Breastfeeding After Breast Reduction

By  | 

One of the most debated topics in the medical world and the online landscape is whether a mother should breastfeed after having a breast reduction surgery. The truth is that breast reduction surgery does damage the nerves along with the milk developing ducts and glands. This makes breastfeeding difficult, but not entirely impossible.

Should I breastfeed?

You can probably breastfeed your newborn, depending on the results of the surgery and your medical history. Provided that the areola and nipple are still intact with the breast tissue that is underneath them, there is a high chance that you will be able to nurse. That being said, if your nipple(s) are removed and placed on the reconstructed breasts; the damage to milk ducts, breast tissue, and nerves may actually limit the supply of breastmilk. As a result, the sensation in the nipples may diminish.

Nerves are crucial in breastfeeding as they stimulate the release of oxytocin and prolactin in the breasts, the two hormones that regulate the milk production and letdown. Generally speaking, the longer it has been since your breast reduction surgery, the more sensation you will start to feel in your nipples and the areola. Subsequently, you will be able to accommodate more breastmilk production.

What’s The Solution?

There is no way to tell the exact amount of breastmilk that you can produce until you start nursing. The more sensation that you feel in your nipples, the better chance you have at producing sufficient milk supply to meet your newborn’s nutritional needs. Talk to your lactation consultant and discuss these factors to make sure your breasts can accommodate milk supply and baby latch.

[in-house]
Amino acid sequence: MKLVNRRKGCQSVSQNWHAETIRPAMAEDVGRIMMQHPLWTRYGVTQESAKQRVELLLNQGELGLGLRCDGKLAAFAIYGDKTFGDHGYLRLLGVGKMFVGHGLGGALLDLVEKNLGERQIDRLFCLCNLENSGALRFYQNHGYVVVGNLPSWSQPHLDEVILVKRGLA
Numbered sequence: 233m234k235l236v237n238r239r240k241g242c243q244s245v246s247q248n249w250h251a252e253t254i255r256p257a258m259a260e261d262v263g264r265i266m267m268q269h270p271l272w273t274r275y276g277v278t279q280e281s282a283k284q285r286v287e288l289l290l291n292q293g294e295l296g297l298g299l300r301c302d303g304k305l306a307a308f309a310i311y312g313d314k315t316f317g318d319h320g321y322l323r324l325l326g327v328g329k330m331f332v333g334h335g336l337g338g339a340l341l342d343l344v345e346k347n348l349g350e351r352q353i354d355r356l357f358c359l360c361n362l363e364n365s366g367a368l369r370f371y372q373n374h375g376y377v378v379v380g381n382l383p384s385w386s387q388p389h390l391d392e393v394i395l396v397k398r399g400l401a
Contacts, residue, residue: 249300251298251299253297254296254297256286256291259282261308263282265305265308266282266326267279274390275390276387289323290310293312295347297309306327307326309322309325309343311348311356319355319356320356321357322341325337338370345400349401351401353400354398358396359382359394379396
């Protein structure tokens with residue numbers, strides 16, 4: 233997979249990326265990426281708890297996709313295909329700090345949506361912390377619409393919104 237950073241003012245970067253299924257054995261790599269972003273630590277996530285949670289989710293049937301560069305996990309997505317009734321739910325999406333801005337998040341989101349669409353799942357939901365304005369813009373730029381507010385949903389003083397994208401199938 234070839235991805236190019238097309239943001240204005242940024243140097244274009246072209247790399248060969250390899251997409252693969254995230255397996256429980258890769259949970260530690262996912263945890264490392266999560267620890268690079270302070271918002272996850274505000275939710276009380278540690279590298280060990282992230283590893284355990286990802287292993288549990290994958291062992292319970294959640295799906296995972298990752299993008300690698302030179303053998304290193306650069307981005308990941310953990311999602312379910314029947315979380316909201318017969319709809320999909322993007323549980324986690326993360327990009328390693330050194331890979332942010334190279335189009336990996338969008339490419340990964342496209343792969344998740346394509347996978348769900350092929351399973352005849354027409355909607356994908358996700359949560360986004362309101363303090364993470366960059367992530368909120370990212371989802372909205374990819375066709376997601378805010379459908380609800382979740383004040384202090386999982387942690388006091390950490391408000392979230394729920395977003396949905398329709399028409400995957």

We also recommend you to talk about your breast reduction surgery with your baby’s doctor. This will make your doctor more cautious with prescriptions and will encourage them to evaluate the weight gain of your baby so as to make sure she’s getting the adequate nutrition supply.

It is advisable to try breast pumping for at least five minutes on each breast, following the second day of postpartum. Every nursing session should accommodate five minutes of pumping to ensure that you are building your milk supply. In order to stimulate the letdown reflex, your lactation expert may use fully automated breast pumps to pump both your breasts simultaneously. In cases where you are producing milk with insufficient nutrients for your baby, you will require supplements that can increase the nutrient balance.

During the first four to six weeks following postpartum, you may consider using a supplemental nursing systems (SNS). An SNS isThe Supplemental Nursing System (SNS) is a feeding tube device to provide babies long-term supplemental feedings at the breast. As your baby nurses, she will drink from both nipples along with the tube while latching.After a few days, a hormonal mechanism is triggered that causes milk to be produced.

If you’re considering breast reduction surgery but want to nurse your child at the same time, postpone it until breastfeeding has weaned off. As your breasts significantly change during pregnancy and nursing, it is recommended to postpone any breast surgery until you are out of the breastfeeding cycle.

Leave a Reply

Your email address will not be published. Required fields are marked *

You may use these HTML tags and attributes: <a href="" title=""> <abbr title=""> <acronym title=""> <b> <blockquote cite=""> <cite> <code> <del datetime=""> <em> <i> <q cite=""> <s> <strike> <strong>